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<br />Real pain from real people as NBA rift hardens

  • Written by Kelley Evans
  • Published in News
With the NBA disturbingly close to canceling the entire season, the population teetering in harm’s way is the business owners and their employees who count on NBA patrons. Protracted negotiations over NBA compensation and contracts are reverberating at gut level for elements of the general public, with some dubbing the fight “The Billionaires vs. The Millionaires.”

With the NBA disturbingly close to canceling the entire season, the population teetering in harm’s way is the “dollarnaires” – business owners and their employees who count on every dollar they earn to thrive in a declining economy, and NBA patrons.  

For sure, NBA players and owners are losing millions as the NBA stalemate drags on with the season in tow. Meanwhile, businesses in downtown Memphis have lost significant revenue and stand to lose even more. Players have declined the offer that NBA Commissioner David Stern said would be his final and they have now disbanded their union.

Where is the meaning in it all?

Well, it means bars will not host NBA nights.

There will be no “meeting-up” at Bleu Restaurant in the Westin Hotel directly across the street from the FedExForum.  

Spindini, a popular restaurant on Main Street will not see the likes of NBA players and fans that have dinner there after games.  

Sushi bistro Blue Fin’s hostesses will not escort NBA coaches and players to their favorite tables.  

Alfred’s will not have a plethora of NBA fans wearing Beale Street blue listening to music.

Nor will the people who live around the arena be able to bank a few dollars by allowing fans to park on their property.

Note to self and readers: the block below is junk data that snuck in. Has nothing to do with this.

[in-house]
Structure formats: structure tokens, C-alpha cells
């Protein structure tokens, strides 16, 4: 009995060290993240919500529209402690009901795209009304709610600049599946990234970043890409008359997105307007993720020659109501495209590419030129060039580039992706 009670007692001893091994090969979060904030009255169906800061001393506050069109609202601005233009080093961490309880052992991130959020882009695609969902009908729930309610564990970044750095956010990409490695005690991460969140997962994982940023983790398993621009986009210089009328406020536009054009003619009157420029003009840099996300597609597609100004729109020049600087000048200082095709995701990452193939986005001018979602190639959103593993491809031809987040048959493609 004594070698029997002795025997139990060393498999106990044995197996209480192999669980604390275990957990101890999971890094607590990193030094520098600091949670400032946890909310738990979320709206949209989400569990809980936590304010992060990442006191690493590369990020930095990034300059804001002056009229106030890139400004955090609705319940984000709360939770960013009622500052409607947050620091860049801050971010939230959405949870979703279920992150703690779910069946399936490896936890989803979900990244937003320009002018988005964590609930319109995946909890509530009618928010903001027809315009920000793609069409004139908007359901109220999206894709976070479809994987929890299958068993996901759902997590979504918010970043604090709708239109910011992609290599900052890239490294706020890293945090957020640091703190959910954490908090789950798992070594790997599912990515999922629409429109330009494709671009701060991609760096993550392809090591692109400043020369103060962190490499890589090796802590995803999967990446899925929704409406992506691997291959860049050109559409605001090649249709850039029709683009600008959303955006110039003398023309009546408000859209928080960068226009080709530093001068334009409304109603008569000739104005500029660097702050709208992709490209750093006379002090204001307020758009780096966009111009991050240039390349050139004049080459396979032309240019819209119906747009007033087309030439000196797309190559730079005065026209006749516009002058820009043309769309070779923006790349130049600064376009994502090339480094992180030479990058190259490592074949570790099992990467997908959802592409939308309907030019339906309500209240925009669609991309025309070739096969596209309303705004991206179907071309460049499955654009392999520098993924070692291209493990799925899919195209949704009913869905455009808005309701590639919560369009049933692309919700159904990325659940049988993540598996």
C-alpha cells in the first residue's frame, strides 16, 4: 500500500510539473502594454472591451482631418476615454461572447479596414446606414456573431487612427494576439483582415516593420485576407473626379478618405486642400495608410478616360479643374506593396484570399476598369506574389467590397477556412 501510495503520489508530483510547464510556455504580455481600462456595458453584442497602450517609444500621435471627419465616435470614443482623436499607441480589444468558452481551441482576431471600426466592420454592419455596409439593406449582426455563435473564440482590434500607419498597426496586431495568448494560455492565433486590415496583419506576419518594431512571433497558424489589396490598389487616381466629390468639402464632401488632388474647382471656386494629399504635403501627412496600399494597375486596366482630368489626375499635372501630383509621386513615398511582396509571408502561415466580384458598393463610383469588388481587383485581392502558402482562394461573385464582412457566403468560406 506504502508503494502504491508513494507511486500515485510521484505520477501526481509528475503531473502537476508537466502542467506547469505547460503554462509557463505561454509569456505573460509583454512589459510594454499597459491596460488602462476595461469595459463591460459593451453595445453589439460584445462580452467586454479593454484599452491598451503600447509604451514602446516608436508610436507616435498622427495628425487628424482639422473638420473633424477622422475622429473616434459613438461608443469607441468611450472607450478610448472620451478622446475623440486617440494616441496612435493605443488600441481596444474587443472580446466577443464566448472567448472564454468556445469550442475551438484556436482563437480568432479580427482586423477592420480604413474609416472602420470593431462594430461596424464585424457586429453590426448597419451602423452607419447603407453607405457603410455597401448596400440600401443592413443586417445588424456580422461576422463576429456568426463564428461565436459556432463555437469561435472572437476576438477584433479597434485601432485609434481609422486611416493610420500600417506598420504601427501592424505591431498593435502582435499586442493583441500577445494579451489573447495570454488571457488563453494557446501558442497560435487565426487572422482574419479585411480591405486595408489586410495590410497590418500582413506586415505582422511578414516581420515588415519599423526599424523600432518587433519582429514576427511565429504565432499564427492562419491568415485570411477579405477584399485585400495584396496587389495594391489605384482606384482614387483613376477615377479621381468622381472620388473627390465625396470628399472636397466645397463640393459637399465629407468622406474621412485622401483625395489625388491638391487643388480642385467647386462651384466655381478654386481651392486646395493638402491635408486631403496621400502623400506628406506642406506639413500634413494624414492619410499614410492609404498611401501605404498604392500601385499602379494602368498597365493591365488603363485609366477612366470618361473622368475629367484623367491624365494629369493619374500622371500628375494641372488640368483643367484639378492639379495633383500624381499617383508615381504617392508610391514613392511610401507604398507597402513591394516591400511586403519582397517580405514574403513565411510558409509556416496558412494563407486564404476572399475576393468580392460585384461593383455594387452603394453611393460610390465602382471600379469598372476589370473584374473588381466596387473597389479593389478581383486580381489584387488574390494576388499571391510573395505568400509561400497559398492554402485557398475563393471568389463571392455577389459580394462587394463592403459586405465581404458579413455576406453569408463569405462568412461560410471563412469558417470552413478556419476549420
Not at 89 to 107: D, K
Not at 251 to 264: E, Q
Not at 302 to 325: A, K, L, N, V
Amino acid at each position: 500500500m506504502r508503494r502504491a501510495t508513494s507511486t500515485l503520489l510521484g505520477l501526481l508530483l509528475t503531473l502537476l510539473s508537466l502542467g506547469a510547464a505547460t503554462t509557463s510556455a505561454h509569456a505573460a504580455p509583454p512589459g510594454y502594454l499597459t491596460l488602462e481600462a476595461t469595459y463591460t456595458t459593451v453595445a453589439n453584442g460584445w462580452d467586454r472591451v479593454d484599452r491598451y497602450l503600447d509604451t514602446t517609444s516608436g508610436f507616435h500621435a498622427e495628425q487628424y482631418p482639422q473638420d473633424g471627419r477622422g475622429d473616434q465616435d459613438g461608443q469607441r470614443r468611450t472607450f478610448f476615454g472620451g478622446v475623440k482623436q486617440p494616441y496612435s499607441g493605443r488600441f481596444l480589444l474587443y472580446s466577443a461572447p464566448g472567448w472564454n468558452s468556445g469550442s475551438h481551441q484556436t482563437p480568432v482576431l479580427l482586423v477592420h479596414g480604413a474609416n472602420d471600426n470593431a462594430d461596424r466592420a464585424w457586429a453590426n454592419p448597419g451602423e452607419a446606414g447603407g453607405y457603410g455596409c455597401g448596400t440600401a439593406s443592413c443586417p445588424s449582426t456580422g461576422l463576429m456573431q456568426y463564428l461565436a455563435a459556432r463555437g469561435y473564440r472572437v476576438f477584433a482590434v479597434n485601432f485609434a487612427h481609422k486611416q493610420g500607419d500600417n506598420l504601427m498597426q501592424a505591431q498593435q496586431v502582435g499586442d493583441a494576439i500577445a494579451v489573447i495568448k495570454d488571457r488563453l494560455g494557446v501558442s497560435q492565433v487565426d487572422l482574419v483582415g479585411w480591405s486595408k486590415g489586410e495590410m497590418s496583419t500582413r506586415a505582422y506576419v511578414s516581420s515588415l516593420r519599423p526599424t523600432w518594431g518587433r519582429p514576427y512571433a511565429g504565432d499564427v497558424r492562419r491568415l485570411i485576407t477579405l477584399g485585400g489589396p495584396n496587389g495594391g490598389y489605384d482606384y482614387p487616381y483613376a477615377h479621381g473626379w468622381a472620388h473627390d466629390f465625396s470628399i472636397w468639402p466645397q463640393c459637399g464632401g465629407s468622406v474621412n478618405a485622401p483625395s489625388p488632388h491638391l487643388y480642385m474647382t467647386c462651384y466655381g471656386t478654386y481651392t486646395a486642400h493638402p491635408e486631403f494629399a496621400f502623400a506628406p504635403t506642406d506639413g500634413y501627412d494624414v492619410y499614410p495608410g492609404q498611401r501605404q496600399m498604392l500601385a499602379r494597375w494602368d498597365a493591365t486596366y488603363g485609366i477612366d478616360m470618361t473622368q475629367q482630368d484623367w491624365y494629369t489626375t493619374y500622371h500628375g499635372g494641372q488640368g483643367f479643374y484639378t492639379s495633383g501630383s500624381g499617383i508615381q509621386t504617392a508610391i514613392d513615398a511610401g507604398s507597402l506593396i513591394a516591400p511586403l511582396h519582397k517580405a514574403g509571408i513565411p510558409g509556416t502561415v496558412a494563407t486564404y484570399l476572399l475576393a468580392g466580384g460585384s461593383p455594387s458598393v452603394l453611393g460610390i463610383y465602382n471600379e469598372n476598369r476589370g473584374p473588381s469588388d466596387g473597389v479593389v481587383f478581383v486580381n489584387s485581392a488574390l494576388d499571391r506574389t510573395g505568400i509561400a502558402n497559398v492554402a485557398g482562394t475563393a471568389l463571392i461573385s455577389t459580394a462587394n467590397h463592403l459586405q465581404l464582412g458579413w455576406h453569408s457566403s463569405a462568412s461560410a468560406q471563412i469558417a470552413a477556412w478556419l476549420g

Twenty-two-year-old Kimberly Henderson frequents many Grizzlies games. She has a dedicated parking spot one block away from the FedExForum.  

“There is a nice lady who allows me to park in her driveway on game night for free,” Henderson said.  “She watches my vehicle and she makes sure I’m in my car and safe after the games. Seeing her over the past five years has become part of my routine. I bring her dinner at times and I check in on her and her family.  

“I also bring her game trinkets from the FedExForum. Now I’ll just have to drive by to make sure she’s doing OK.  But I’ll miss the fun we had on game nights. It’s ruined the mood.”

Concerned about the possibility of having to account for millions of dollars to make bond  payment obligations, the City Council via resolution has positioned itself to sue the NBA and the Grizzlies. When things are working right, the payments are covered by funds that flow from games at the FedExForum.

A letter from Memphis City Council Chairman Myron Lowery (dated October 19) to Memphis Grizzlies Owner Michael Heisley reads, “It is a precautionary move to protect the citizens of Memphis. When the City Council approved funding for the construction of the FedExForum over 11 years ago, we promised the citizens of Memphis that we would not raise property taxes to pay for the arena.”

Since then, other cities have followed Memphis’s trail.

Also facing potential losses are downtown hotels such as the Westin that house NBA players and welcome NBA fans that live in surrounding areas and pour into the Memphis area during big games.

On the flipside are operations such as The Cannon Center for the Performing Arts and the Orpheum Theater, which could benefit by reaping more dates upon which to book concerts and other attractions that they might otherwise forgo, not wanting to compete with the NBA.

For concert promoter, movie producer and Grizzlies season ticket holder Julius Lewis, there is no alternative to an NBA game, especially with the season the Grizzlies had last year.

“You can’t beat the atmosphere or the excitement. No entertainer on stage can beat that.  If people aren’t in the stands, people are in bars or at home watching. The Grizzlies have created an ‘it’ rivalry with the Oklahoma City Thunder. You can compete with that.”

Pending a resolution, the pain – not the games – will go on.

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